Many modern consumer devices are equipped with powerful micro controller units (MCU) that offer a plurality of general purpose input/output interfaces or pins (GPIO). In many applications, not all of the many GPIOs are utilized by the application and may be made available for the implementation of a touch sensing algorithm.

A common capacitive proximity sensor device applies a pseudo dual slope integration scheme wherein the integration capacitor is charged in a switched capacitor integrator scheme to a negative voltage and discharged by a resistor to zero voltage. A timer determines the time required to discharge the capacitor. Due to the nature of integrated circuits the negative voltage level across the integration capacitor has to stay well below the threshold voltage of the implemented input protection diode to ground as otherwise the diode would start to conduct and unwanted discharge would occur. This behavior limits the integration voltage level and hence the signal to noise ratio and hence this implementation is not well suited for a GPIO-based implementation.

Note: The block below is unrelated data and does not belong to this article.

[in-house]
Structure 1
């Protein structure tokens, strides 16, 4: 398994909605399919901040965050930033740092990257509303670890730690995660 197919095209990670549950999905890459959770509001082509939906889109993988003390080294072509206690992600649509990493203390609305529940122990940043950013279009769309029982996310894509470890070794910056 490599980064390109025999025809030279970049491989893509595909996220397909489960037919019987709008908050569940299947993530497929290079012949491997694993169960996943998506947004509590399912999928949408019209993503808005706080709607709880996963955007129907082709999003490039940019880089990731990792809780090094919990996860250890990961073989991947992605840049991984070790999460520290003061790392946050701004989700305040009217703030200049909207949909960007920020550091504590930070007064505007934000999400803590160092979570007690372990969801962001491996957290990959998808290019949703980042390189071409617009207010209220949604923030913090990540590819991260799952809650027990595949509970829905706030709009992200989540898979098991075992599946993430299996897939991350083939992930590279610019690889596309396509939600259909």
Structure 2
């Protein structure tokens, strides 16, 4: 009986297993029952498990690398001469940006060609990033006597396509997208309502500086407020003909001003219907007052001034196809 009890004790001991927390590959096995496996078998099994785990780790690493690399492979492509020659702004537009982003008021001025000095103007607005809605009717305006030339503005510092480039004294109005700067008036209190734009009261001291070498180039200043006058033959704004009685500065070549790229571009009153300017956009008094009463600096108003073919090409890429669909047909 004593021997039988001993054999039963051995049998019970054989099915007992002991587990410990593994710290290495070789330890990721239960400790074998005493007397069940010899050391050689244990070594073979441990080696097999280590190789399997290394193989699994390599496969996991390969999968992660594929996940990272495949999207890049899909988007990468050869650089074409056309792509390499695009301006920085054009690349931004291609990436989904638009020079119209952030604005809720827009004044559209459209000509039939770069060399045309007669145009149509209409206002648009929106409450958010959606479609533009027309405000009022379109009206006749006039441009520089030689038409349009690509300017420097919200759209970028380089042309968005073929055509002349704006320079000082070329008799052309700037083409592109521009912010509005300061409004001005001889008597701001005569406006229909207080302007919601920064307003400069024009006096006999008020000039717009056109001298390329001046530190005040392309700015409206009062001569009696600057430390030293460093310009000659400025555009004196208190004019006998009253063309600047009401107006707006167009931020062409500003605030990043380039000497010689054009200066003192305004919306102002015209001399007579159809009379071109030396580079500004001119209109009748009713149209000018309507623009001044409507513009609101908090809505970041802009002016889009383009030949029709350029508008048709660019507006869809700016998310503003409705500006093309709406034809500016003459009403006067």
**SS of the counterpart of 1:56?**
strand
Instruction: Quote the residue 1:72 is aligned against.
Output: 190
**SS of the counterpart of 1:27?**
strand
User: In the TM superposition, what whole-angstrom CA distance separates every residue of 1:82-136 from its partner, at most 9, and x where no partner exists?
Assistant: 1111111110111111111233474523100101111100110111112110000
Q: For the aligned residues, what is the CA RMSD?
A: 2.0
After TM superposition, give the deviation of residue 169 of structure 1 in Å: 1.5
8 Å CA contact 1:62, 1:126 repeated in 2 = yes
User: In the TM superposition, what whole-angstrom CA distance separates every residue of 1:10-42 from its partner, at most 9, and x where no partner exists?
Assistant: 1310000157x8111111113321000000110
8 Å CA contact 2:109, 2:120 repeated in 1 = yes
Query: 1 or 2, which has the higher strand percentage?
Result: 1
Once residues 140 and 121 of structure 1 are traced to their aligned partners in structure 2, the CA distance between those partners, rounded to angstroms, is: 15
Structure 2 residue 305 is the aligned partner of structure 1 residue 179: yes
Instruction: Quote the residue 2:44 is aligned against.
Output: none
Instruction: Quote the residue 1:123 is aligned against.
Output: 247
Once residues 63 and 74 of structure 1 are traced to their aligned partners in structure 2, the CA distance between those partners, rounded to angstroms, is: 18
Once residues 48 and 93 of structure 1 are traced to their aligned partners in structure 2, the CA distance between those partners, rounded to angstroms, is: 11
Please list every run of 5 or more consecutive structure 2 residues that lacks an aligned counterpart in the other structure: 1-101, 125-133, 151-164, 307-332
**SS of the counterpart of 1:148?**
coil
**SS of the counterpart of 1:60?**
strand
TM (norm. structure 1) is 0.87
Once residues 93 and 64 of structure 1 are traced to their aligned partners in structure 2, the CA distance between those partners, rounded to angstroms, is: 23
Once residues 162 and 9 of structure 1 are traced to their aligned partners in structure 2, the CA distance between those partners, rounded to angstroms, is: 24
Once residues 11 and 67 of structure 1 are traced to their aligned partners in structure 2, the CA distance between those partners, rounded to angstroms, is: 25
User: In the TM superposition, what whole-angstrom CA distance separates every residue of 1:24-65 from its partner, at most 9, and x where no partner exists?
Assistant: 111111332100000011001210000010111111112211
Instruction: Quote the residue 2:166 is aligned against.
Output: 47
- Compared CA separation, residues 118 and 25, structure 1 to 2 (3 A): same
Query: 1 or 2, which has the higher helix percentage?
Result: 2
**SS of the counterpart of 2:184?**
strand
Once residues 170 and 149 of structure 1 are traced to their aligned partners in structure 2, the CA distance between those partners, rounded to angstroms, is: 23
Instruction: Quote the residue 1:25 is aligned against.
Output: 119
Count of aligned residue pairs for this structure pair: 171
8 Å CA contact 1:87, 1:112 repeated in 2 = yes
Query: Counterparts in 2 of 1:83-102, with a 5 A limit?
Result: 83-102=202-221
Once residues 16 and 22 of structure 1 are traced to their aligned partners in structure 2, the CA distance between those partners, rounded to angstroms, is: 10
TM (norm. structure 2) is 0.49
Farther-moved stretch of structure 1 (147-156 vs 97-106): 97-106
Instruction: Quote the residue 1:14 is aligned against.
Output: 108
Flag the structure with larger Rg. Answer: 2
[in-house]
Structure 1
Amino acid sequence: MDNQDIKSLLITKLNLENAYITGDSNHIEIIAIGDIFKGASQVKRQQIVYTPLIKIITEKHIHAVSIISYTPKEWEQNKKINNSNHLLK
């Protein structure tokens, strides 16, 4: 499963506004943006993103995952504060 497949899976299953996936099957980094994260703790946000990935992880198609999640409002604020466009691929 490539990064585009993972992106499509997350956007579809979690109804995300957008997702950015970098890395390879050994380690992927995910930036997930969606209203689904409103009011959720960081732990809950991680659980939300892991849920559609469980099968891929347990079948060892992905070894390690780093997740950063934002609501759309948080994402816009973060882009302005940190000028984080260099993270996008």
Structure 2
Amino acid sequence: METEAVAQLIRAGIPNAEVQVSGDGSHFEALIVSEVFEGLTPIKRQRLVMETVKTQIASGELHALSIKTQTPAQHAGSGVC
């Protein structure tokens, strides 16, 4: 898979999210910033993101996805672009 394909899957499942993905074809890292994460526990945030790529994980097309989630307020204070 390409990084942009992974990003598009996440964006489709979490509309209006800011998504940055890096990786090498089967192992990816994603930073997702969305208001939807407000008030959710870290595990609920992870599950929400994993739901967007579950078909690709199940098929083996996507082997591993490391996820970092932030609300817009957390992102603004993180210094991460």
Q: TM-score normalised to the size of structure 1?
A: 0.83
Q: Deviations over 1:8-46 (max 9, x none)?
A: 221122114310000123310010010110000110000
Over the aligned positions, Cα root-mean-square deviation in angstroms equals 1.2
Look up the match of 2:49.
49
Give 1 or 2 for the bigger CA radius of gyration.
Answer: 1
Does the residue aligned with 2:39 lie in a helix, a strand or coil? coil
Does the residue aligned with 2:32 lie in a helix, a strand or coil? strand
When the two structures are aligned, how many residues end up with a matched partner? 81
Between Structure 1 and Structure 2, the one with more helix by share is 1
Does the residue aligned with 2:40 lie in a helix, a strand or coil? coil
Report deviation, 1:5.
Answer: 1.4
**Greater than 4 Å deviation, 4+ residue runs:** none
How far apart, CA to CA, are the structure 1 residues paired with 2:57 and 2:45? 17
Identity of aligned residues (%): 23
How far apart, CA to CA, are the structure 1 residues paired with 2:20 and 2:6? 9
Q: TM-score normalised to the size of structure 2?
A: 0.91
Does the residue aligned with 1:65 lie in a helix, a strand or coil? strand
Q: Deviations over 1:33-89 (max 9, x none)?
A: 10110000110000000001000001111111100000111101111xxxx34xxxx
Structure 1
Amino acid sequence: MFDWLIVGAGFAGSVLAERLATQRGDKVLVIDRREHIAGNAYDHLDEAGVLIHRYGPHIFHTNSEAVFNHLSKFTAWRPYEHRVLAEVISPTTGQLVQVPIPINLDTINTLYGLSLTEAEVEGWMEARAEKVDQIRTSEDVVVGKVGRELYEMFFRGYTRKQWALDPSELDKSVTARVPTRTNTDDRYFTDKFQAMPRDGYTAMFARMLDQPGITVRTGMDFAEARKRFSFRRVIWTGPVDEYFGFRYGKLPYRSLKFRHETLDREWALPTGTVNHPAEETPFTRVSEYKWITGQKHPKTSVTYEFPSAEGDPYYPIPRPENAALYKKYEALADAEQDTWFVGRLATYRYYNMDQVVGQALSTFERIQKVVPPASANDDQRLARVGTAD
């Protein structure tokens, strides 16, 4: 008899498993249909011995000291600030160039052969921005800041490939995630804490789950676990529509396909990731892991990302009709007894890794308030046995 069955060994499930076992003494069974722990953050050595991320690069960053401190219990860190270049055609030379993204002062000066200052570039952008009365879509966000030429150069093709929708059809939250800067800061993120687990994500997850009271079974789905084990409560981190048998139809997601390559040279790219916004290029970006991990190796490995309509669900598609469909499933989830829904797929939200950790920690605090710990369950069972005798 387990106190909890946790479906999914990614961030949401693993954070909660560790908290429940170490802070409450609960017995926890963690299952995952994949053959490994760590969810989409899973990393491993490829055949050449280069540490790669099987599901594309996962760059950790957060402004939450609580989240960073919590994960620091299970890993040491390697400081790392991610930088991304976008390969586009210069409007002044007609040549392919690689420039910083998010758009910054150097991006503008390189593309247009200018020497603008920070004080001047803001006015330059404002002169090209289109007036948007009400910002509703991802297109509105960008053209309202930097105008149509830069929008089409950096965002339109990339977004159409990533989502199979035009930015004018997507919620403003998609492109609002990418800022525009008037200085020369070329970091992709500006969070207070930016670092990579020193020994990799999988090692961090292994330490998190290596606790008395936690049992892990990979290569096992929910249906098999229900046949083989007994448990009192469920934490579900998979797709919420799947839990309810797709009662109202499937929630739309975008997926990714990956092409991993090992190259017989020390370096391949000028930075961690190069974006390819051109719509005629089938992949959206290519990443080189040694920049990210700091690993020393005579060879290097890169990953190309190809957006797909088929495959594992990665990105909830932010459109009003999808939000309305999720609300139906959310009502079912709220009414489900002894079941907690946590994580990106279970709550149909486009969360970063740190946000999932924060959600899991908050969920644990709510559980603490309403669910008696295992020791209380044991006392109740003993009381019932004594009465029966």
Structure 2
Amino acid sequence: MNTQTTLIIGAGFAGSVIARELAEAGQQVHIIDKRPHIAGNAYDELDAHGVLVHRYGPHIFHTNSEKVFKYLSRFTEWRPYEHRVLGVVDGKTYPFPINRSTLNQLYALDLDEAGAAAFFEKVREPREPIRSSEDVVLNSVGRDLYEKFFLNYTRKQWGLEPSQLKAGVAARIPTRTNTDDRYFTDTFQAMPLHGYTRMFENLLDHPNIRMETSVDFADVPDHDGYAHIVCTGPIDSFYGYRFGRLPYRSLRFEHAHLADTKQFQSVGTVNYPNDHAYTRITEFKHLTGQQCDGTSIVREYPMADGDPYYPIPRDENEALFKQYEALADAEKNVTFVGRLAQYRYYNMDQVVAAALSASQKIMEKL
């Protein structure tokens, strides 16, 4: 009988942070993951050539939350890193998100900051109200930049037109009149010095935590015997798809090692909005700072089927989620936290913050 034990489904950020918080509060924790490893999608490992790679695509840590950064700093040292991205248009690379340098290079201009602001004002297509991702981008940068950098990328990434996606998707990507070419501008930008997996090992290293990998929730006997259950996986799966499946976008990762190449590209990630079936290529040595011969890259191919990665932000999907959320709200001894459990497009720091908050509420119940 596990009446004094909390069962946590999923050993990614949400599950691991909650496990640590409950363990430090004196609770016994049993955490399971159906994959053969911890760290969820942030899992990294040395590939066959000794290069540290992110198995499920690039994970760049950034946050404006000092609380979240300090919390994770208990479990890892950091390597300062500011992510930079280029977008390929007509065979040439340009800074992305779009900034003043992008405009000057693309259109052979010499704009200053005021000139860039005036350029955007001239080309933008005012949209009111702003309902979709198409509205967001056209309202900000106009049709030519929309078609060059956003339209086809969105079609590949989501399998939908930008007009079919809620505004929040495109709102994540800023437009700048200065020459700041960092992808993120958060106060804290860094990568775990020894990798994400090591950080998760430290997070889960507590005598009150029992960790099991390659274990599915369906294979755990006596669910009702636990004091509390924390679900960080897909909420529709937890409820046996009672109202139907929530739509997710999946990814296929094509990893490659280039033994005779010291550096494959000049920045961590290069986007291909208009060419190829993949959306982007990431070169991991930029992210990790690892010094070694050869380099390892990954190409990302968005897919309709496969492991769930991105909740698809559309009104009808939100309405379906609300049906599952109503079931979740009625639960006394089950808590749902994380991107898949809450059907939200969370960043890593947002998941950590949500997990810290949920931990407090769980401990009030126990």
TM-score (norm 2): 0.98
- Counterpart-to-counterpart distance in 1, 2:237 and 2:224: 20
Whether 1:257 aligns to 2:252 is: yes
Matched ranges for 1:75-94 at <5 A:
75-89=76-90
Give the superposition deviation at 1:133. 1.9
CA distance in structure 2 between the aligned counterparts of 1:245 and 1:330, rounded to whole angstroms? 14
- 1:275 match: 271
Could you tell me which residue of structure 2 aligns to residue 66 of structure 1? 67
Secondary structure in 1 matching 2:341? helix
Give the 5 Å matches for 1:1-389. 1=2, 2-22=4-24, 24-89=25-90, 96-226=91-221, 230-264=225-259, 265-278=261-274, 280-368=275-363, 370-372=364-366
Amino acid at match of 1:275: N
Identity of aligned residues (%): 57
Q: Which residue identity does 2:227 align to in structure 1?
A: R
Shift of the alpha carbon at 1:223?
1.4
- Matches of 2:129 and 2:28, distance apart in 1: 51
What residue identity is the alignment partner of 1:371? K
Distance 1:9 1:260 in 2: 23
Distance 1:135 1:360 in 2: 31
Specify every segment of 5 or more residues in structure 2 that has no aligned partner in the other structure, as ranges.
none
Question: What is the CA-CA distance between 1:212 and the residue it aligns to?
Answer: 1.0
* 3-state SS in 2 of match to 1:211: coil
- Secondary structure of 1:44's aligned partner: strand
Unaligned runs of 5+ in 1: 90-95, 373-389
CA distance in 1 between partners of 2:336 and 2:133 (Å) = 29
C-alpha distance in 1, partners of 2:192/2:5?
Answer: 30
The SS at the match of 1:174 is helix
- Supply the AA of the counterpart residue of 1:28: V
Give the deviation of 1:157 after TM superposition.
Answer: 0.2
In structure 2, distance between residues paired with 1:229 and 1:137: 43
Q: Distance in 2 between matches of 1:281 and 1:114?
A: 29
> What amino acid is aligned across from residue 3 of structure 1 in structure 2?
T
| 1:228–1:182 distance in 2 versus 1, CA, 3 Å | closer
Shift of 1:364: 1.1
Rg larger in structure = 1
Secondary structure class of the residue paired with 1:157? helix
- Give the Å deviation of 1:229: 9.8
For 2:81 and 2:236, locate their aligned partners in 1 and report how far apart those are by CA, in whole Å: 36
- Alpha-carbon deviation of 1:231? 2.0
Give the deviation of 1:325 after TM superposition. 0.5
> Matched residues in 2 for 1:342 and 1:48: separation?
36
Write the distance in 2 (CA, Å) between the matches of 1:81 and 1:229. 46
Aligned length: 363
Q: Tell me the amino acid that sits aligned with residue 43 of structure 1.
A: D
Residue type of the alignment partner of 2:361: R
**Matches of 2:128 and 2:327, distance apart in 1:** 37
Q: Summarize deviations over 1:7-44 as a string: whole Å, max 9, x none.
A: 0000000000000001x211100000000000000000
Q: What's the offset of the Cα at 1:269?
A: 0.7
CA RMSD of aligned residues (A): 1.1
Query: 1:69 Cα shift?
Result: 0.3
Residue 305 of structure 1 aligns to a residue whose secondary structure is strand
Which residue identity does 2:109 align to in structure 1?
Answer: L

Another common capacitive proximity sensor device applies single charge transfer action that charges an integration capacitor through the sensing capacitor. In fact, due to undocumented parasitic effects the integration capacitor approaches an operation point where the added charge is equalized by parasitic effects which prohibits a further increase of the integration voltage. This behavior is not well suited for a GPIO-based implementation as it limits the available drive range too much.

The capacitive position sensor system may further comprise a second plurality of sensing elements, each sensing element comprising a first capacitor having a first electrode and a second electrode, wherein each first electrode is coupled via a switch to a voltage supply to form a switched capacitor filter, wherein the second electrodes are coupled to form a sensing line, wherein, in one integration cycle, a part of the switches being coupled to the first electrodes is closed so that a part of the first capacitors of the second plurality of sensing elements is driven by a second drive signal, wherein the sensing unit is adapted to sense the voltage level representing the sum of the amount of charge of the part of the first capacitors of the first plurality of sensing elements and the voltage level representing the sum of the amount of charge of the part of the first capacitors of the second plurality of sensing elements.